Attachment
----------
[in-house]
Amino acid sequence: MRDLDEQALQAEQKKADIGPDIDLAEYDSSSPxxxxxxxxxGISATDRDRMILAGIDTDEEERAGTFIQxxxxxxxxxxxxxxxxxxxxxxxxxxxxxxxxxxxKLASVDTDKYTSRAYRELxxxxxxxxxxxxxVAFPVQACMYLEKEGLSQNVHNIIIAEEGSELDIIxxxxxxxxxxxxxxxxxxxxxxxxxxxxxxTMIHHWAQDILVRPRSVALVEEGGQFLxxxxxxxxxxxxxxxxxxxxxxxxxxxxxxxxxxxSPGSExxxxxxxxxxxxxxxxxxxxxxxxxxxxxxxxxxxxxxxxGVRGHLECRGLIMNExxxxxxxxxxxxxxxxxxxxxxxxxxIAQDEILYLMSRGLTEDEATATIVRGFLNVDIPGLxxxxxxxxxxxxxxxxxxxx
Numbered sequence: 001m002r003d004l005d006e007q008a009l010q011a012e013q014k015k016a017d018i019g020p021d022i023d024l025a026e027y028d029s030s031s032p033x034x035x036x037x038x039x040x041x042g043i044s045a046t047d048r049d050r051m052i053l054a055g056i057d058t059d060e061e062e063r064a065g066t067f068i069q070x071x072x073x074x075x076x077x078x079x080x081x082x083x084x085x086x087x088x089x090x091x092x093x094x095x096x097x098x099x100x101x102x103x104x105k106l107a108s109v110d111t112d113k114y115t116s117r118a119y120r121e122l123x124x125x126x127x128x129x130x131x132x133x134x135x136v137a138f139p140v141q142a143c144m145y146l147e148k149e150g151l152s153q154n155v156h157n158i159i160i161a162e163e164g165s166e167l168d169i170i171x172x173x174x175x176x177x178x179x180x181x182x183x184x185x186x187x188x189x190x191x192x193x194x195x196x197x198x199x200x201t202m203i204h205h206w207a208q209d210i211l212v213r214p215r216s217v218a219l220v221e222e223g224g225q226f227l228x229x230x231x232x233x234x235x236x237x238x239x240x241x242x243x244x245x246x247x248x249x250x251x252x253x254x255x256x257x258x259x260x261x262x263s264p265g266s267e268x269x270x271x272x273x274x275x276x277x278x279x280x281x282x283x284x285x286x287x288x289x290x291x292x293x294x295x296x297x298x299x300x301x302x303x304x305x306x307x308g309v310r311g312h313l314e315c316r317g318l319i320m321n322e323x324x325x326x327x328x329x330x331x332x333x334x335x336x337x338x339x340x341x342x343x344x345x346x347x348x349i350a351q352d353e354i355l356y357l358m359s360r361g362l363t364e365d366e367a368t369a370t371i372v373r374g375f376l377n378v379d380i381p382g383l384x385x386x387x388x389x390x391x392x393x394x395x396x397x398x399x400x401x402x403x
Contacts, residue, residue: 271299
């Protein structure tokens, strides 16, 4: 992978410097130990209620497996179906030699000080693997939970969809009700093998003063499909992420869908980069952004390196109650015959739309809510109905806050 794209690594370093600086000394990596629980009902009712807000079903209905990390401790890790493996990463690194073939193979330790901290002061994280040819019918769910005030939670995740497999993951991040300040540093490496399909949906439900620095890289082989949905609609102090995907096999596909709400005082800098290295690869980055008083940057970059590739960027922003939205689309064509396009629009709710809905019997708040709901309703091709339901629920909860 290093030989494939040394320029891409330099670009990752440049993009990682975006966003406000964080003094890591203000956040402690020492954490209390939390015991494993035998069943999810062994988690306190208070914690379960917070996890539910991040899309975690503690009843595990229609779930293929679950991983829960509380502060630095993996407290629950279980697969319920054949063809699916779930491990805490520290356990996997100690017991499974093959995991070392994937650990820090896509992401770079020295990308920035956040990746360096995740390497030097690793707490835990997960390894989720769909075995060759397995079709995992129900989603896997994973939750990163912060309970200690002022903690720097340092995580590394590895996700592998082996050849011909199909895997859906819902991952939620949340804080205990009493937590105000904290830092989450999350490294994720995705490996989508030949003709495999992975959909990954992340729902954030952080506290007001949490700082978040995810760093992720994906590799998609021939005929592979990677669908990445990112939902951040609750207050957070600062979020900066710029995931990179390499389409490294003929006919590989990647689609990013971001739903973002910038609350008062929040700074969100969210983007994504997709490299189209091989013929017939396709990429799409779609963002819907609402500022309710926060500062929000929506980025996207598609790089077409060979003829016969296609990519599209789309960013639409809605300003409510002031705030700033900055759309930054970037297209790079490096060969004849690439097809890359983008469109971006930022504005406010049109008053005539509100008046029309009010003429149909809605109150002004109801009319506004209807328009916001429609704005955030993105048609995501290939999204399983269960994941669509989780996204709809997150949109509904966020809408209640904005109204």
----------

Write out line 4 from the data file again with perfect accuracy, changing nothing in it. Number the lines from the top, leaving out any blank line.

Contacts, residue, residue: 271299